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Cellular Respiration

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Lab 8 Cellular Respiration and Fermentation Objectives: 1. Observe the effects of cellular respiration on temperature in a closed system. 2. Investigate carbon dioxide production in both germinating pea seeds and crickets. 3. Perform an investigative study of the rate of cellular respiration in both pea seeds and crickets at various temperatures. 4. Compare the alcoholic fermentation of glucose, sucrose, and starch by yeast. Introduction All organisms must have a continual supply of external energy in order to maintain bodily functions and to combat entropy.

Ultimately this source of energy is the sun.

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As you learned in the previous lab, plants can convert the sun’s energy into usable forms of chemical energy (E. g. , glucose). In order for the energy to be made useful the chemical bonds that hold the atoms of these molecules together must be broken. The released energy is captured by high-energy phosphate bonds and combined with adenosine diphosphate (ADP) to form adenosine triphosphate (ATP), which is the energy currency of the body.

There are two processes that release this energy from the photosynthetic materials to form the energy molecule ATP.

Those processes are cellular respiration and fermentation. Cellular respiration is an aerobic (requires oxygen) process, while fermentation is an anaerobic (occurs without oxygen) process. These enzyme-controlled reactions that occur during these processes are both oxidative (loss of electrons) and reductive (gain of electrons). Because the reactions are enzyme controlled they require less activation energy and therefore occur at nonlethal temperatures, continually releasing small amounts of energy that can be used to from ATP.

When compared to fermentation, the formation of ATP via cellular respiration is a relatively efficient process, as there are 36-38 ATP molecules formed per glucose molecule. Fermentation on the other hand only generates a net of 2 ATP molecules. This may bring up the question of why the body would even bother with fermentation and not just stick with the high-energy process of cellular respiration. Recall that ATP is the body’s energy currency and energy is needed for the body to continue all of its metabolic processes.

Now recall that cellular respiration requires oxygen. During times when the body is in oxygen debt (I. e. , there is little oxygen available for metabolic processes) the cell still needs energy and therefore it uses it’s next best option for energy production and proceeds with fermentation. There are two forms of fermentation, lactic acid and alcoholic fermentation. In today’s lab we will investigate alcoholic fermentation by yeast. The equations for cellular respiration, lactic acid fermentation, and alcoholic fermentation are listed below:

Cellular Respiration Glucose + Oxygen Carbon Dioxide + Water C6H12 O6 +6O2 6CO2 + 6H2O Alcoholic Fermentation Glucose Carbon Dioxide + Ethyl Alcohol C6H12O6 2CO2 + 2C2H5OH Lactic Acid Fermentation Glucose Lactic Acid C6H12O6 2C3H6O3 Exercise I Cellular Respiration and Heat Production Body heat in birds and mammals is generated through the metabolic process of cellular respiration.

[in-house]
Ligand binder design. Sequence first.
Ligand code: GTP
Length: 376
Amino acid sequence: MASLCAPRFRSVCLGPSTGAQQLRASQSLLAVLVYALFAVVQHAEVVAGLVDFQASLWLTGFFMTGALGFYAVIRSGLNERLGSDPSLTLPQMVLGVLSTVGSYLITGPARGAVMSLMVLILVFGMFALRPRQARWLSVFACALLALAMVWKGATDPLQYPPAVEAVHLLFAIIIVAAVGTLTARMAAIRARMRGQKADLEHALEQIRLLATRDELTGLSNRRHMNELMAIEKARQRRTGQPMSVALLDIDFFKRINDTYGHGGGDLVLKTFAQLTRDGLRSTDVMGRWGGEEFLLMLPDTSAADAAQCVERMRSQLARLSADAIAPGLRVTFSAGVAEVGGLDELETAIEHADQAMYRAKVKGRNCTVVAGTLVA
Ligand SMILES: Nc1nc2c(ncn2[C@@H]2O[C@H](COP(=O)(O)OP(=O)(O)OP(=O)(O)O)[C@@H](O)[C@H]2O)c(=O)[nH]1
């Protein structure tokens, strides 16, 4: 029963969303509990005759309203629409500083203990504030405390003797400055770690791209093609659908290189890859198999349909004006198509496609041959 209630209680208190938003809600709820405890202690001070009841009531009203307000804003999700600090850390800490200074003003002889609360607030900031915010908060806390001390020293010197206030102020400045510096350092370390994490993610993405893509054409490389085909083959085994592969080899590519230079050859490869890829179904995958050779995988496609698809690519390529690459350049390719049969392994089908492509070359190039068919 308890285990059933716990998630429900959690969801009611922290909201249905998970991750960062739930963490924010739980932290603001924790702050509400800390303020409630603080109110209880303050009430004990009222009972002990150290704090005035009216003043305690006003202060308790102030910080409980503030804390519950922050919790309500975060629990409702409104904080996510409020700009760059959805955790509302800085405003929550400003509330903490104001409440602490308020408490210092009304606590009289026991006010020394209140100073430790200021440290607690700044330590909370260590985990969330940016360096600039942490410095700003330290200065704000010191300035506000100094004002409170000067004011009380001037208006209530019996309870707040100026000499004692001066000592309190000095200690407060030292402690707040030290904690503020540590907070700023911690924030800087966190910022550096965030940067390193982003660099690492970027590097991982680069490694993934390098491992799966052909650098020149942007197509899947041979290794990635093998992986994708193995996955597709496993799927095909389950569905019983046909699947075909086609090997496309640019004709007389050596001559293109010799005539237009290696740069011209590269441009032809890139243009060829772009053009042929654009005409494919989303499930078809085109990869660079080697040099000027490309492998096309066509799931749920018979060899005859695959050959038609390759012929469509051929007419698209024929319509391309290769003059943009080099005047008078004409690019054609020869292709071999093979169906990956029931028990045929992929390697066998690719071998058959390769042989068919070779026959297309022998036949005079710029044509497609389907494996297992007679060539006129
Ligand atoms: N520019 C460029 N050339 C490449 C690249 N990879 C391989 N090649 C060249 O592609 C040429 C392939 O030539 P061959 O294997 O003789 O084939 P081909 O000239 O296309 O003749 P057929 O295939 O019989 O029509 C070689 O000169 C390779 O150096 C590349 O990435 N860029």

Your task in this exercise is to investigate the null hypothesis that simple organisms do not produce heat as a by-product of cellular respiration. In order to test this null hypothesis there have been 3 250-mL flasks setup. Each flask has a two-hole rubber stopper with one of the holes closed off with cotton and the other hole housing a thermometer. One of the flasks has 6 live crickets, one has 6 germinating pea seeds, and the other is empty. You need to read the temperature of the thermometers in each of the flasks and decide whether the null hypothesis is supported or refuted.

Questions to answer 1. What were the temperatures in the bottles? Pea Seed Flask ________ Cricket Flask ________ Empty Flask ________ 2. Did the results support or refute the null hypothesis? How did you come to this conclusion? 3. Explain why the one flask was left empty. Exercise II Cellular Respiration and Carbon Dioxide Production In this exercise you will test the null hypothesis that living organisms do not produce carbon dioxide. Recall from the previous lab that the presence of carbon dioxide in water produces carbonic acid.

The reduced pH can be indicated by using the pH indicator bromothymol blue, which turns yellow in acidic conditions. To test the efficacy of bromothymol blue as a pH indicator you should place 3 drops of bromothymol blue in a test tube containing 3 mL of water and exhale into the water/bromothymol blue solution through a drinking straw. 1. What happened to the color of the water/bromothymol blue solution? Now to further test the null hypothesis, you will investigate whether or not crickets and germinating pea seeds produce carbon dioxide as part of their cellular respiration.

Follow the directions below: 1. Place 3 drops of bromothymol blue into each of three test tubes containing 3 mL of water. 2. Place several short segments of glass tubing into each test tube so that the crickets and seeds will be kept out of the solution. 3. Place 6-10 pea seeds in one test tube, 3 crickets in another test tube, and nothing else in the last test tube. 4. Gently (to prevent a sudden increase in pressure from injuring the crickets) insert a rubber stopper into each of the three test tubes. Place the test tubes in the test tube rack for 25 minutes.